But to me, the most important thing for entrepreneurs to succeed is to think big - to imagine you can be Larry (Page) or Sergey (Brin) of Google, you can be Steve Jobs of Apple.

Singaporeans are too humble - they don't think they can be like the founder of Google or Alibaba.

Look at Alibaba's Jack Ma, even though he was a teacher, he had the stamina, drive and the guts to think big.

I think, over the years, I have about 30 investments in Singapore, but none of them became even mid-sized companies.

I mean, they are worth $5 million or $10 million and the entrepreneur is happy. But I am not happy and it's not because I'm greedy. I just feel that you can achieve so much more.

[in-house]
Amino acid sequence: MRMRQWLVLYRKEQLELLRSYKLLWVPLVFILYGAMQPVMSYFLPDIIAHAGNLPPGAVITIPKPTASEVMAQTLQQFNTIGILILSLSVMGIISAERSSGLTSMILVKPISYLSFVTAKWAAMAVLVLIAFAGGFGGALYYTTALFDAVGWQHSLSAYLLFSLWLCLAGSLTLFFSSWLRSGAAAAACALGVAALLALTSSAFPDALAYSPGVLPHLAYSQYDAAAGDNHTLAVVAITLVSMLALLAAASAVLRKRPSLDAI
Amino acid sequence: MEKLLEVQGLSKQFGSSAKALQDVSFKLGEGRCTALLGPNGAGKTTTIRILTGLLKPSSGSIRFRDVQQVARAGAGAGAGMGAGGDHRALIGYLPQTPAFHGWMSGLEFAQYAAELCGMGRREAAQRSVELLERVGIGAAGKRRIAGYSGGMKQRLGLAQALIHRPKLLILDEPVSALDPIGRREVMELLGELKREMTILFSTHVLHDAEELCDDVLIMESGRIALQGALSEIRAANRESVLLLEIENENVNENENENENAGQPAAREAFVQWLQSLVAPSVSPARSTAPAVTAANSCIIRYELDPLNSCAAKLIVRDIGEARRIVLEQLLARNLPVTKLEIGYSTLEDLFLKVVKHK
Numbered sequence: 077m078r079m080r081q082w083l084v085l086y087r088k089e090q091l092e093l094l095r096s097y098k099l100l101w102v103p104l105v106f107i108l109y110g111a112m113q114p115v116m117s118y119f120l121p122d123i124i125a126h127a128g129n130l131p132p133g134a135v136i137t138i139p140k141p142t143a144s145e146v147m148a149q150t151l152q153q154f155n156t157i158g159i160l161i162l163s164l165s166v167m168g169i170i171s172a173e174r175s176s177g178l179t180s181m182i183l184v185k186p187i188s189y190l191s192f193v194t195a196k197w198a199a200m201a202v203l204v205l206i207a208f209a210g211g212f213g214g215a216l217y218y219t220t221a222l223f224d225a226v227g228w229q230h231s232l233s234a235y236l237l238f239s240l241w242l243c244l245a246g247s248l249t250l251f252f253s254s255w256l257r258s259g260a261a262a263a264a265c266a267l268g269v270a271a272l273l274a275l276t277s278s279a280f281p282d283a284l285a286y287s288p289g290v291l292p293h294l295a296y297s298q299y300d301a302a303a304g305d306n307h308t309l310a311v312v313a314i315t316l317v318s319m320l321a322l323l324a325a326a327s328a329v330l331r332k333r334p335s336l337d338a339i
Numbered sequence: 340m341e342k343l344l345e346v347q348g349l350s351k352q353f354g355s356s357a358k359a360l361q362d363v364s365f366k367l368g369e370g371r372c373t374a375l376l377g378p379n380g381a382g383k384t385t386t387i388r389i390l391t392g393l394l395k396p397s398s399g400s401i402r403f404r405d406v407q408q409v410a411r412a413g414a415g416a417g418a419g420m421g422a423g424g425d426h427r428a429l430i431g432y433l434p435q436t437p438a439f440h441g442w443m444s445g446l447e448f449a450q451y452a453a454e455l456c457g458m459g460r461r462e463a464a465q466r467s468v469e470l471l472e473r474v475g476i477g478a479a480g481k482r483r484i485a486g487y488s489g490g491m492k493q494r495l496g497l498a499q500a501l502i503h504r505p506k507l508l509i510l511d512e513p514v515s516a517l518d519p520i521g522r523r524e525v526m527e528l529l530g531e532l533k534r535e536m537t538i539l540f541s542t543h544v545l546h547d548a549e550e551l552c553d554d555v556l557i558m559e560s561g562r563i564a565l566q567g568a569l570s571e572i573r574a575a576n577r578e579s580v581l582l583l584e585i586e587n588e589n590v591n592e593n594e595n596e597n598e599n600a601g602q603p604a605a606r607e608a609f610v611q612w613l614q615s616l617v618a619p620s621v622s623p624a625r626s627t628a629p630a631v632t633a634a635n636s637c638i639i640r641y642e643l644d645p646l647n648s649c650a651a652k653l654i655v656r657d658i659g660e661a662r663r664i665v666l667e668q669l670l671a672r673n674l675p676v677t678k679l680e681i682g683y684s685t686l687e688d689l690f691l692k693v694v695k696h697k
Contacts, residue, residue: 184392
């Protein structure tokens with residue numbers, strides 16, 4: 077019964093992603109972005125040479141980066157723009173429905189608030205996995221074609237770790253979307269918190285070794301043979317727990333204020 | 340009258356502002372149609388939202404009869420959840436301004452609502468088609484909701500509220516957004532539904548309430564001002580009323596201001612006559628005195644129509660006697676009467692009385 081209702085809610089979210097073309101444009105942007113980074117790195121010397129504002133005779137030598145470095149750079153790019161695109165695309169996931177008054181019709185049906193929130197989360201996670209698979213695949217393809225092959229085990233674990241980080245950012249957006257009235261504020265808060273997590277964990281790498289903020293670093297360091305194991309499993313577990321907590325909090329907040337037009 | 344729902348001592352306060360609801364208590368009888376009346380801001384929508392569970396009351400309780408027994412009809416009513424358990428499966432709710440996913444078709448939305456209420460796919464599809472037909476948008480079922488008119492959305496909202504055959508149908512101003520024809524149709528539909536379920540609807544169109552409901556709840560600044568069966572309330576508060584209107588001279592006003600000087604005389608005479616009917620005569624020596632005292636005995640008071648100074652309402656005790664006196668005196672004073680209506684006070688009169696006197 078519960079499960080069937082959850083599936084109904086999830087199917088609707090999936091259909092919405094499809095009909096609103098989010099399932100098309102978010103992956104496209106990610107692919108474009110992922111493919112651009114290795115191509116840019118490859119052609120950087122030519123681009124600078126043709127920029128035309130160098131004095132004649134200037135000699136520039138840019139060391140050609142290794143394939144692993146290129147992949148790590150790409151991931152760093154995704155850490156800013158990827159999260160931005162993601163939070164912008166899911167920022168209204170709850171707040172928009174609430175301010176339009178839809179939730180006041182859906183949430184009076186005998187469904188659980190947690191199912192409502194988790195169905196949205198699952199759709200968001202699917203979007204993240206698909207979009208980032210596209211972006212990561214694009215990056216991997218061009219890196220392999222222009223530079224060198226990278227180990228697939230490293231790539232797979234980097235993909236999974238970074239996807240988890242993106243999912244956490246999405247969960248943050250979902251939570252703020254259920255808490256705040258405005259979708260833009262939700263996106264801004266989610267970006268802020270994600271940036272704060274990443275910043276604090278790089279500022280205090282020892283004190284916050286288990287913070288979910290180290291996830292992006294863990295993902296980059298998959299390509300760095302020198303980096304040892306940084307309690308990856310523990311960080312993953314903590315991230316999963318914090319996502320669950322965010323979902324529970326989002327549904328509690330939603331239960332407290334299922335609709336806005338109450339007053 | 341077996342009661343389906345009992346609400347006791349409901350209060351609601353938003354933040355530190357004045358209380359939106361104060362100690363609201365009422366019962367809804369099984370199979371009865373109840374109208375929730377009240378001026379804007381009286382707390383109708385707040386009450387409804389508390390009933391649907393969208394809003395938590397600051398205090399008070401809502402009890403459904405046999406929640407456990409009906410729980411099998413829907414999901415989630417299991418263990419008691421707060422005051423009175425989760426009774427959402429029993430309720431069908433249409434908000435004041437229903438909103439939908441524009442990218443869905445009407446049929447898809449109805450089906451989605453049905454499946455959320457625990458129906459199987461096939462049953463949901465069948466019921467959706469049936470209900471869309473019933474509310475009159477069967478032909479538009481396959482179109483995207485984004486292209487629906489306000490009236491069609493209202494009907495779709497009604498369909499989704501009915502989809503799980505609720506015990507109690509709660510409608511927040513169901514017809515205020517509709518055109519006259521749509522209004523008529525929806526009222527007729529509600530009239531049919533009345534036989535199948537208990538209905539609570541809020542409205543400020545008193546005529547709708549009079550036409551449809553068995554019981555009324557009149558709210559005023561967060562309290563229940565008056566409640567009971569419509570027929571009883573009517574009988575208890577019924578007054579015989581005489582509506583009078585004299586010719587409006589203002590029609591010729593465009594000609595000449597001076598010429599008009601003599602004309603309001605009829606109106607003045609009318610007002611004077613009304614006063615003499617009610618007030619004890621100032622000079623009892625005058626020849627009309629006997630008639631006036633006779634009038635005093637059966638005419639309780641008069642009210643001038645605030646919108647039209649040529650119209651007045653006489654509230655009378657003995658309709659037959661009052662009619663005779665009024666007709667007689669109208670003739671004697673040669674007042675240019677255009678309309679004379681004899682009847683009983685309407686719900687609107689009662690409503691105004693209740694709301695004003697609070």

It is what I call lifestyle entre-preneurship. As long as the company has revenue, they have 10 employees and they have a good lifestyle, they are happy and don't want to go further.

But having said that, the wonderful thing that Singapore people have is a first-rate education and they are not afraid of hard work. Those who go to Stanford and Silicon Valley and see the possibilities, like Carousell and TenCube founders, tend to go on to dream bigger.

So I feel there is incredible talent but I feel they need to think bigger, and it will come only with exposure to the outside world - in places like Silicon Valley.

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A version of this article appeared in the print edition of The Straits Times on March 18, 2019, with the headline Singaporeans need to think bigger: Tech investor. Subscribe